Learn more Shop now Learn more Shop now Shop now Shop now Shop now Shop now Shop now Shop now Shop now Shop now Learn More Shop now Learn more Click Here Shop Kindle Amazon Music Unlimited for Family Shop now Shop Now



on 19 September 2017
I was very taken with this novel when I first read it over 50 years ago. But it didn't really stand well to a re-read. It's interesting to compare Wauh's style here with that of his first novel - Decline and Fall, which is a real 5 star classic and stands the test of time. Black Mischief comes after several years of Waugh's journalism - much of it in Africa, I think - and seems unpolished. Inferior also to his novel Scoop, also set largely in Africa.
0Comment|Was this review helpful to you?YesNoReport abuse
on 7 October 2017
A delightful listening experience. You must take it in the context when it was written. Some may find offence to some of the situations, but give it a go.
0Comment|Was this review helpful to you?YesNoReport abuse
on 7 July 2015
ery interesting as a oentary on prewar attitudes and the E Afrian life at the tie.
0Comment|Was this review helpful to you?YesNoReport abuse
HALL OF FAMETOP 100 REVIEWERVINE VOICEon 1 September 2013
Although this is not my favourite novel by Waugh, it is undoubtedly an outrageously un-politically correct tale, set in an imagined African state. Waugh wrote the novel after a winter spent in East and Central Africa, which also resulted in a non-fiction work Remote People (Penguin Modern Classics). The imaginary state of Azania may be remote, but new Emperor, Seth, has been Oxford educated and is desperate to bring modernity to his confused population. "I am the New Age. I am the Future" he declares, as his troops are locked in a decisive battle with the usurper Seyid.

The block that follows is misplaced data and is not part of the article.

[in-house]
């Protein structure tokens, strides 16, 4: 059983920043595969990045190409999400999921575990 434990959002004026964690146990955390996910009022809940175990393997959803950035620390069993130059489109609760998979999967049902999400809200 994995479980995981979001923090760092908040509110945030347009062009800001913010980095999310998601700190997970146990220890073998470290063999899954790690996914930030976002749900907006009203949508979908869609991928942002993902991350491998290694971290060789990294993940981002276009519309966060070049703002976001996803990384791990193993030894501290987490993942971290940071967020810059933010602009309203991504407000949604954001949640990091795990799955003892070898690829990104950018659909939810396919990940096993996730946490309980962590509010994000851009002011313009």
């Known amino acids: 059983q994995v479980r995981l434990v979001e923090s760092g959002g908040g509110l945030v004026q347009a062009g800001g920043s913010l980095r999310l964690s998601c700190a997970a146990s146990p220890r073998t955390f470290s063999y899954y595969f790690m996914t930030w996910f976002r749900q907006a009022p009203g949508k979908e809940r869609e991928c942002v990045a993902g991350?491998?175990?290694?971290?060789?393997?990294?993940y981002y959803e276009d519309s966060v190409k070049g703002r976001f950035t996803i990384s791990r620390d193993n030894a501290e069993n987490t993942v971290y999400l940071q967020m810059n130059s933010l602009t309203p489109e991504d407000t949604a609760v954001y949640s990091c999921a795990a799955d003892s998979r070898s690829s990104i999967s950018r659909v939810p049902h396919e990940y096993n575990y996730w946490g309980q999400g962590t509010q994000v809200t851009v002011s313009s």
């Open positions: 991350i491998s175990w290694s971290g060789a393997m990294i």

Do not imagine for one moment that Evelyn Waugh has written this in an attempt to show that Europeans are, in some way, superior to Africa or that they should be involved in running a country they have no understanding of. Indeed, it is certainly the Europeans on which his sharpest satire is aimed. At the capital Debra Dowa, the diplomatic powers are utterly ridiculous. The English 'Envoy Extraordinary' is more concerned with growing asparagus and playing in the bathtub than any official papers; while attache the Hon William Bland has forgotten the outcome of the battle between hearing the news and climbing the stairs. The French are involved in attempting to discover what the English are up to; imagining all sorts of plots and ciphers which don't exist, and corruption and incompetence are everywhere When Basil Seal, always "in revolutions and murders and things" decides he is bored with London, he uses a vague aquaintance with Seth to become his right hand man. This book is absolutely outrageous, very funny and shows why Evelyn Waugh is still one of the greatest writers this country has ever produced.
0Comment| 7 people found this helpful. Was this review helpful to you?YesNoReport abuse
on 27 December 2012
Waugh's prose is exquisite, it has the timing and rhythm of a fine comedian; the story is outrageously politically incorrect, but totally even handed in its cynicism and social judgement it is, in fact, a classic. I have read it several times over the years and it is fresh each time I start again. I have it in soft back, hard back, and now conveniently on Kindle.